Hmmm.....version control systems. That provokes an interesting thought.
Create a Linux patch series, preferably btrfs-related patches for maximum lulz, whose git SHA-1 ids (any blob, tree, or commit ids should be fine) end up generating filenames in the same object-subdirectory with CRC32 collisions, and send a pull request to lkml.
The object-subdirectory requirement means there's a 40-bit keyspace to search, rather than 32-bit, but one could probably find enough whitespace/punctuation entropy in comments to generate enough collisions to produce at least some effect, even if you can't find enough to lock up a system.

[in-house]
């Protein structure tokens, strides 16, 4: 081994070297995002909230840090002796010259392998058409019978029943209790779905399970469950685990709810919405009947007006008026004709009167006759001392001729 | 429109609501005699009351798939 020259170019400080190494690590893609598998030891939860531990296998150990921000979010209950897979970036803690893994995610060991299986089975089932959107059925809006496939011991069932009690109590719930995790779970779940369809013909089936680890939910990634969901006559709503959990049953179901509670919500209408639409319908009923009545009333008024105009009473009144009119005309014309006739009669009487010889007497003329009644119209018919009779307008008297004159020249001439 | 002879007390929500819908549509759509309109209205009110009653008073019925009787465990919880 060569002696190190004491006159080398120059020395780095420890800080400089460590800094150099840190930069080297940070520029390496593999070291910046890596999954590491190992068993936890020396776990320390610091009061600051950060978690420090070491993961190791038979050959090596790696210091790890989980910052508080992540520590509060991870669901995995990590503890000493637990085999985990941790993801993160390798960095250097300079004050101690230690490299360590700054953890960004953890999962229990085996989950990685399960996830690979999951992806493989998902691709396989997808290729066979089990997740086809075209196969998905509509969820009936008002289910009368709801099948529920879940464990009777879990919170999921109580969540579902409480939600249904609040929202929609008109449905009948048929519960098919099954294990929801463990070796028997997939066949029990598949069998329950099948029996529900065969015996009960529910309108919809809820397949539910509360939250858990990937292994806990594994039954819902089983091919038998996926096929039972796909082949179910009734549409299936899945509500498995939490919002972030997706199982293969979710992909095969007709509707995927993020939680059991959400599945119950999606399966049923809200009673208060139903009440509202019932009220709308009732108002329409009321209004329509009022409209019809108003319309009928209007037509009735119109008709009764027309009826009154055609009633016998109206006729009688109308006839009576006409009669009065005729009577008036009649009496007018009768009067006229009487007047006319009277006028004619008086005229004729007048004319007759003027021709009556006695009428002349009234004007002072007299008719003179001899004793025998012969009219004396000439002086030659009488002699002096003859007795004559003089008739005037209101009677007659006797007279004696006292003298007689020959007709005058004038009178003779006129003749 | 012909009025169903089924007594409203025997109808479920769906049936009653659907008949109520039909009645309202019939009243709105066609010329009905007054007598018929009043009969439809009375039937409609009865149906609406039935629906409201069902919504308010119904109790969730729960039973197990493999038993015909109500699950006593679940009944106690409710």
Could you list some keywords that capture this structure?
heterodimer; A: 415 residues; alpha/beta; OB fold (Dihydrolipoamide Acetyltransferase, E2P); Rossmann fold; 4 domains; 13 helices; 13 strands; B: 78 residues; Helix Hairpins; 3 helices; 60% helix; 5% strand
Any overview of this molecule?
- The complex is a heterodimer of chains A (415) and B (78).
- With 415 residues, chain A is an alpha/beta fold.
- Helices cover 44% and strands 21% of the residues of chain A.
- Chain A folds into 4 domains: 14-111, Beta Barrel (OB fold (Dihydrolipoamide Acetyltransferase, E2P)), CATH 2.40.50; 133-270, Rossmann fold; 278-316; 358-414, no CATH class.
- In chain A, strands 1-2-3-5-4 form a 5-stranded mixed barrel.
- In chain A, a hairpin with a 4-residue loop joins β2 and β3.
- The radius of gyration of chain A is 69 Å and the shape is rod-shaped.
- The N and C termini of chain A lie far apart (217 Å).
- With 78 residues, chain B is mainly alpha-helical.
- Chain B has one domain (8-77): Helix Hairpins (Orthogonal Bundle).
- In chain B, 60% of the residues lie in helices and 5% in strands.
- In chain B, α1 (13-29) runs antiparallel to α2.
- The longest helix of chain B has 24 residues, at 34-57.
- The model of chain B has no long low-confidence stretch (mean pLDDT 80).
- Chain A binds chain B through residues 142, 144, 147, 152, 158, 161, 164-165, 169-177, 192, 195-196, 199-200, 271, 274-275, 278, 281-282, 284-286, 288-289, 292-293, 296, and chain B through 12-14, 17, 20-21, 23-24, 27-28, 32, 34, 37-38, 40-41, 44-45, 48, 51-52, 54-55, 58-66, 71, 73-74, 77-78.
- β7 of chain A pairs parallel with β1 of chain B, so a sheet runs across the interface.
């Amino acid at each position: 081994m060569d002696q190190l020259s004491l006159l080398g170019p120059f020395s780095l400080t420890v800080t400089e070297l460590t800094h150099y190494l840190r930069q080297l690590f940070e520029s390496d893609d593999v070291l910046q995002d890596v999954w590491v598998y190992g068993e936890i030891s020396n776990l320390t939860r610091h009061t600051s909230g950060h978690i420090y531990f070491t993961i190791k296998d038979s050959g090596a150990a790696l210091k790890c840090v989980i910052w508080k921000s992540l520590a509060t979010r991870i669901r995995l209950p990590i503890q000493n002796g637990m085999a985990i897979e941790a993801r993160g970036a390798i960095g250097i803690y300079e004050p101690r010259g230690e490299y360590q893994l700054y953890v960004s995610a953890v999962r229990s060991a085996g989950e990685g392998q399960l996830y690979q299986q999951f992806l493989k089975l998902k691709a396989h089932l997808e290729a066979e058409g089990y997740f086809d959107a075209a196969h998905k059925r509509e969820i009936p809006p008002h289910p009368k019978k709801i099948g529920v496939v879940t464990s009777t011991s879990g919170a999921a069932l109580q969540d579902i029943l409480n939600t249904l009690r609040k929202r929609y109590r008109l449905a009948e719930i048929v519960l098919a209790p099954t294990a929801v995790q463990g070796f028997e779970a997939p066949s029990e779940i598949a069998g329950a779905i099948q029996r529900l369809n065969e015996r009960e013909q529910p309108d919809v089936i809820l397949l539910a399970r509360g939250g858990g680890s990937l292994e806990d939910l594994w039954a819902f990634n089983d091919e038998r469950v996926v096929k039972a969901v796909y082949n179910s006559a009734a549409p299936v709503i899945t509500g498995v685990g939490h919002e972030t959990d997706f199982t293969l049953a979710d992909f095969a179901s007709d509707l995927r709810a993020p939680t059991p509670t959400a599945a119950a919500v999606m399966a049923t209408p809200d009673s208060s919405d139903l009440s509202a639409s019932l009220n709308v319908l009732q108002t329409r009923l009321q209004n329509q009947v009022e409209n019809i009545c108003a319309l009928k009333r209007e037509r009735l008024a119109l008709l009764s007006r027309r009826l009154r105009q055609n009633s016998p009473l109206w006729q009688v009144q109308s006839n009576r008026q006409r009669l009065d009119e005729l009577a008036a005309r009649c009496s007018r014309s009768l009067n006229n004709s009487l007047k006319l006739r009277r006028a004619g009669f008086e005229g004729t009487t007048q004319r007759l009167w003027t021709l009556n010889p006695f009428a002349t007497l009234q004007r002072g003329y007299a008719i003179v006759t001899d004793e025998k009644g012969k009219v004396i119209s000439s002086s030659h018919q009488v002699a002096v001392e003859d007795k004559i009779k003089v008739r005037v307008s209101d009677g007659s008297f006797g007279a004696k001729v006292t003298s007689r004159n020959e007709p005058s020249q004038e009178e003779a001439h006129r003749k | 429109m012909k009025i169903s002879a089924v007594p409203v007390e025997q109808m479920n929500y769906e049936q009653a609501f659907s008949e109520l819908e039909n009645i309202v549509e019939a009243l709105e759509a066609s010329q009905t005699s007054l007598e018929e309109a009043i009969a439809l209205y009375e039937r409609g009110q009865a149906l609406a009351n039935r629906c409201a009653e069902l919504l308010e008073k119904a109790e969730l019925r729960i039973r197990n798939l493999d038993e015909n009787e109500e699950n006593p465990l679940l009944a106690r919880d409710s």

Also, AIUI, pull requests are unconventional and might be ignored, but if you send the patch series directly to the list, the implicit rebasing will destroy the object ids (and therefore the collisions) - unless all the collisions are in file blobs and none of the files have been touched before your patches are applied.
Anyone any idea how plausible/expensive that attack would be?